Well, here’s something promising:
Members mumbled to each other about how it had become impossible to please these powerful outside groups, which are known to raise more money off Democratic victories than Republican ones. There was, as one Hill aide put it, “enormous discontent” among conservative members who were tired of feeling threatened by an outside group that existed as a parasite living off the Republican members of Congress.
This is from a Tim Alberta National Journal article about how House conservatives are fed up with Heritage — to the point of kicking Heritage out of Republican Study Committee meetings.
Political scientist Richard Fenno’s classic statement of member motives includes three possibilities: reelection, making good public policy and increased influence within the House. Outside ideological groups risk all three, if and when they thrive when Republicans are out of office — and, when they are in office, by constantly contrasting their own purity with the squishes and RINOs who get elected. Even if Republican politicians are willing to put their reelection at risk by accepting a reputation as extremists, they might not also be willing to give up their ability to affect policy. Which is what Heritage (and other outside ideological groups) are insisting on when they demand, for example, that Republicans insist on impossible goals such as defunding the Affordable Care Act as a price for keeping the government running, instead of smaller, achievable goals. Or:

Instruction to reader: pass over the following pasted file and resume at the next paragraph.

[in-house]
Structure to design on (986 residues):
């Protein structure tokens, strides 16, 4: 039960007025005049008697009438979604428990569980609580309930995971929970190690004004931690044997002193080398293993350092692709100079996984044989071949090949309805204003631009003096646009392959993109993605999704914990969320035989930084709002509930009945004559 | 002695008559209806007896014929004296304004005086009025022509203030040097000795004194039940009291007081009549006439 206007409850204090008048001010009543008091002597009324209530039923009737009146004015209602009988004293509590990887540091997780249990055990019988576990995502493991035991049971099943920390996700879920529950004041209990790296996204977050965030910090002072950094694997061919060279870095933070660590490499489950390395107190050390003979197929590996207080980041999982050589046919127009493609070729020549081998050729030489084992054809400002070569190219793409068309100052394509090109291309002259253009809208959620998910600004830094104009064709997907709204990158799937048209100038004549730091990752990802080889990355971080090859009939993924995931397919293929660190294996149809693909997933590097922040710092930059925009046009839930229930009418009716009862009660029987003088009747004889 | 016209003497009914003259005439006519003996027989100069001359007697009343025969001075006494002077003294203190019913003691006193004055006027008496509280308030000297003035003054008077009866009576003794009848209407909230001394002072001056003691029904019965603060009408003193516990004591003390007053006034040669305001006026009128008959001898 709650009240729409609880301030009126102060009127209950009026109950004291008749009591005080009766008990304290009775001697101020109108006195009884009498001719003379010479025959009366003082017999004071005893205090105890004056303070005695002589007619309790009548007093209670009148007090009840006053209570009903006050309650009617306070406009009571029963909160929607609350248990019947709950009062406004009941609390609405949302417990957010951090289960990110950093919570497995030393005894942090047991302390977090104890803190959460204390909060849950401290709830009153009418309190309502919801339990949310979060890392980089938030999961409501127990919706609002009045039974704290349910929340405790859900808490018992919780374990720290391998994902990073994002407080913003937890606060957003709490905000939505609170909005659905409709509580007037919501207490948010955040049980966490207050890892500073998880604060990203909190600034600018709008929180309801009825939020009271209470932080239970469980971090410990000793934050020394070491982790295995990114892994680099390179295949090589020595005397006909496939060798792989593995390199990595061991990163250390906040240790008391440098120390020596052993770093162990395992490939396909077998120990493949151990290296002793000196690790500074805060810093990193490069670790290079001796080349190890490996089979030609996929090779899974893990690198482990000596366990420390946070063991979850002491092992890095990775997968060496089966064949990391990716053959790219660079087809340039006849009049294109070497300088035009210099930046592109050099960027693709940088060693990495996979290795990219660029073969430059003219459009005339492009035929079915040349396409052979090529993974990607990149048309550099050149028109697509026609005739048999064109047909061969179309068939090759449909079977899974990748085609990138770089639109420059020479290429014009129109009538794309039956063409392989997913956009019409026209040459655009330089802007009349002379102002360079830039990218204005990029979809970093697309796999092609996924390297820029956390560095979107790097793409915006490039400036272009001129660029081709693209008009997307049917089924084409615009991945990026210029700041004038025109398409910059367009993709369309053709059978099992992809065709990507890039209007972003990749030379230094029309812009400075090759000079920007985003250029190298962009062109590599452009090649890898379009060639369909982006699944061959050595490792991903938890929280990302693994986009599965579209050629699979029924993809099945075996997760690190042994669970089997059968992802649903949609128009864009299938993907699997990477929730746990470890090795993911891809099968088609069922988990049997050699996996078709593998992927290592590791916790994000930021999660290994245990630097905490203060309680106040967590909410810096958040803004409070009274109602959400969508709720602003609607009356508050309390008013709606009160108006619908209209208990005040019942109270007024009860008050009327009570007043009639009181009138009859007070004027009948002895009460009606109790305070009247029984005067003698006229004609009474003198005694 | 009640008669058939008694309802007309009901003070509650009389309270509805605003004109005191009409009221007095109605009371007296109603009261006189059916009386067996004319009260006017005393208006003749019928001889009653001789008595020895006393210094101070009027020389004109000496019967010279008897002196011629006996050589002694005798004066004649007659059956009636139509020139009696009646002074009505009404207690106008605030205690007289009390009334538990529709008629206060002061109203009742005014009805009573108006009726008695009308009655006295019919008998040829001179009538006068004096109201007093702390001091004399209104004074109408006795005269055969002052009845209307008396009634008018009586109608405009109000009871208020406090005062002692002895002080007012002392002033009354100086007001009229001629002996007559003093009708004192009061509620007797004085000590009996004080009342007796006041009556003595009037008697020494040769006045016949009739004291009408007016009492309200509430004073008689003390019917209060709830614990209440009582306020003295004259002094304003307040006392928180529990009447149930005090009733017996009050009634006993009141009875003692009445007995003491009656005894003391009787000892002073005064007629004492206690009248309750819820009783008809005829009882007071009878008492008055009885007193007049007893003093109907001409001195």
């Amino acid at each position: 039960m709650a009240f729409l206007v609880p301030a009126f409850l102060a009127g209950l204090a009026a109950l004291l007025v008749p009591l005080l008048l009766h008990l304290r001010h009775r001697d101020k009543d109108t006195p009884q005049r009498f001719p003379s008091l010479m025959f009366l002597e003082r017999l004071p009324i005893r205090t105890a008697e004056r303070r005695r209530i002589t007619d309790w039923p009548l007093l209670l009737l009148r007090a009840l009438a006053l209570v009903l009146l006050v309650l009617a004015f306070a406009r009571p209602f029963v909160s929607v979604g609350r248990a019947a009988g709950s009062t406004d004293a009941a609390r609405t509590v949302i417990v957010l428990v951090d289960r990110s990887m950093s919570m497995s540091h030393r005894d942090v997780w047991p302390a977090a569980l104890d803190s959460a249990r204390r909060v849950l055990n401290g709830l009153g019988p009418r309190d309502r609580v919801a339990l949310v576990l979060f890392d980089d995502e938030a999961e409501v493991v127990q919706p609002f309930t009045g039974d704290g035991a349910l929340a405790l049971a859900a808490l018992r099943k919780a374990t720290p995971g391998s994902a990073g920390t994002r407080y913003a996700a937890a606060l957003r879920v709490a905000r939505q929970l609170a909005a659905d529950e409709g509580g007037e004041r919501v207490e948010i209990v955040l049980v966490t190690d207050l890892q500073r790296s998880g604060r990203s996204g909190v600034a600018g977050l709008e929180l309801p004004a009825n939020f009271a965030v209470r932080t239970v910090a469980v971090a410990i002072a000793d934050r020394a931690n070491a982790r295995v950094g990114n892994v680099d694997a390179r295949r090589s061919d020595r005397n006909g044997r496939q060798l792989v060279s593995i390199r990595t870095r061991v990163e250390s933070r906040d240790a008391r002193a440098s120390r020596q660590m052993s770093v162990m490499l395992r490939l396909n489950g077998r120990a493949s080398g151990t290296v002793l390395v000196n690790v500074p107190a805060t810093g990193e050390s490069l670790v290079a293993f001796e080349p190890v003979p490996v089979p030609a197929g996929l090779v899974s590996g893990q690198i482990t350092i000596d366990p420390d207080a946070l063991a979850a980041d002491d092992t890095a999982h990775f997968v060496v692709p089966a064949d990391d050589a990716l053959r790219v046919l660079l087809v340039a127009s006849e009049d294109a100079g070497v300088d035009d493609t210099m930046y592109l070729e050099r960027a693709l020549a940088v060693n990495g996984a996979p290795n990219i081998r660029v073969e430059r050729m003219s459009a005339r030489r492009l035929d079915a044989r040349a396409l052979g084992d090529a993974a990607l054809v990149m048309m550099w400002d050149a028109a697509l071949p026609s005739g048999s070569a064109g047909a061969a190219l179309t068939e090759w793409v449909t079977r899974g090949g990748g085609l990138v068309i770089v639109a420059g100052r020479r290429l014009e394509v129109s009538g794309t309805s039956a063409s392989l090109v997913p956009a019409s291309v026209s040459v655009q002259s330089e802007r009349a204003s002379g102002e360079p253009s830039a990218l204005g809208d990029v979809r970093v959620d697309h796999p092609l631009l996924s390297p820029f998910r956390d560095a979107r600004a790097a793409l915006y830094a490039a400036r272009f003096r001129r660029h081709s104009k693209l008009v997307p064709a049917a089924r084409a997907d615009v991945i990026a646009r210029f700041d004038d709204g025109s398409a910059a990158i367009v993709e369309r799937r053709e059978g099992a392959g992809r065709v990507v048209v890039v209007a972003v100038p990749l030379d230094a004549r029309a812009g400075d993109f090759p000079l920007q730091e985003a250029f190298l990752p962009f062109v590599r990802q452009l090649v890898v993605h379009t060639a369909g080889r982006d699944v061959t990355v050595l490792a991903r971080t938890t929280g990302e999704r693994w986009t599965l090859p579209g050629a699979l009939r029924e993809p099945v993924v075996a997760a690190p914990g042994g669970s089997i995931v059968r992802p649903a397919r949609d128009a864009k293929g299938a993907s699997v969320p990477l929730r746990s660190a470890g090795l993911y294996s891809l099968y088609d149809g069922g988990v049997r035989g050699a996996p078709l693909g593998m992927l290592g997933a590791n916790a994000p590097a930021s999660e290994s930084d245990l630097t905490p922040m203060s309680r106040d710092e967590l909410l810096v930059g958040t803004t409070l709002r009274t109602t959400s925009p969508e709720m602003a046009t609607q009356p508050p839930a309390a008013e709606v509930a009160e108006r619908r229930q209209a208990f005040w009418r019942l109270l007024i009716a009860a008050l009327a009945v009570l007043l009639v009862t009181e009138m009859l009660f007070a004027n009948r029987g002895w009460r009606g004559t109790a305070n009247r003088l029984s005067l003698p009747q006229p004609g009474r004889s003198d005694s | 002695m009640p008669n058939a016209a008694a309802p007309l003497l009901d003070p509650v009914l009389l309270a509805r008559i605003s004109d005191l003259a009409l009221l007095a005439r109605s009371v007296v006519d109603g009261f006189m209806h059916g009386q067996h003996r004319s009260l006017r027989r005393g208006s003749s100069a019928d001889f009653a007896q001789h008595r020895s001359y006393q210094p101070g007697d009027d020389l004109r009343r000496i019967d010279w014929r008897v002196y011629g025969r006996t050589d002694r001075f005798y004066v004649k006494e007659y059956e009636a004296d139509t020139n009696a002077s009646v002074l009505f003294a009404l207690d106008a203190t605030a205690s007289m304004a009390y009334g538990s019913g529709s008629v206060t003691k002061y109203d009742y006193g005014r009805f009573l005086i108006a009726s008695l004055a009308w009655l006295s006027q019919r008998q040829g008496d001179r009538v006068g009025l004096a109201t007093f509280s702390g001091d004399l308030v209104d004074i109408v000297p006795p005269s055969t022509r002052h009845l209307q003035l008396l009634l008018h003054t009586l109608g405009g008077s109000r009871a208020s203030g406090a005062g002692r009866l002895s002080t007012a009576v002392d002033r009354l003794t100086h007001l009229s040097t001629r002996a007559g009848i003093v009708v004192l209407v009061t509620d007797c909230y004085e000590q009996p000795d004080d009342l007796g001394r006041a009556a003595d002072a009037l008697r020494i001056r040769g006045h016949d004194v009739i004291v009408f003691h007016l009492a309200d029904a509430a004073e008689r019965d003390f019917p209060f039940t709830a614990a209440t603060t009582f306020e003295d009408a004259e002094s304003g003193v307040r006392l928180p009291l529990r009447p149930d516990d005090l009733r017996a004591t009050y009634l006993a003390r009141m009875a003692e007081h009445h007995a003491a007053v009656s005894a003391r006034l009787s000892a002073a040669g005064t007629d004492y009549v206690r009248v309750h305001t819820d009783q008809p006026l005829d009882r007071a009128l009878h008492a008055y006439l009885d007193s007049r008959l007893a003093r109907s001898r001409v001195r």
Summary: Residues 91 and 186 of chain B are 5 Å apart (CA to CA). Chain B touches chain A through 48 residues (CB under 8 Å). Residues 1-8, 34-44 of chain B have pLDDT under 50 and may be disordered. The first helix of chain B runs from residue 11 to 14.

As one conservative House aide put it, “We can’t score touchdowns on every play; our job is to put points on the board. But all they want us to do is throw Hail Marys.”
There’s probably a more basic, personal level at work here. People who got into politics because they believed in conservative ideals are probably somewhere between severely annoyed and totally flabbergasted at having to constantly prove their conservative credentials, no matter how many times they (for example) vote to repeal Obamacare.
Granted, we’re a long way from a total crack-up here, and even longer, probably, from most mainstream conservatives in the House choosing to be legislators rather than accepting the role of props for these outside groups. And Alberta correctly points out that there are mixed incentives here: Heritage-funded junkets probably make the job a lot more enjoyable than it would be otherwise, and many members must realize that Heritage and other outside groups are a good landing point once they leave office, voluntarily or not (incentives that Fenno did not include in his understanding of the House).
But perhaps it’s a start.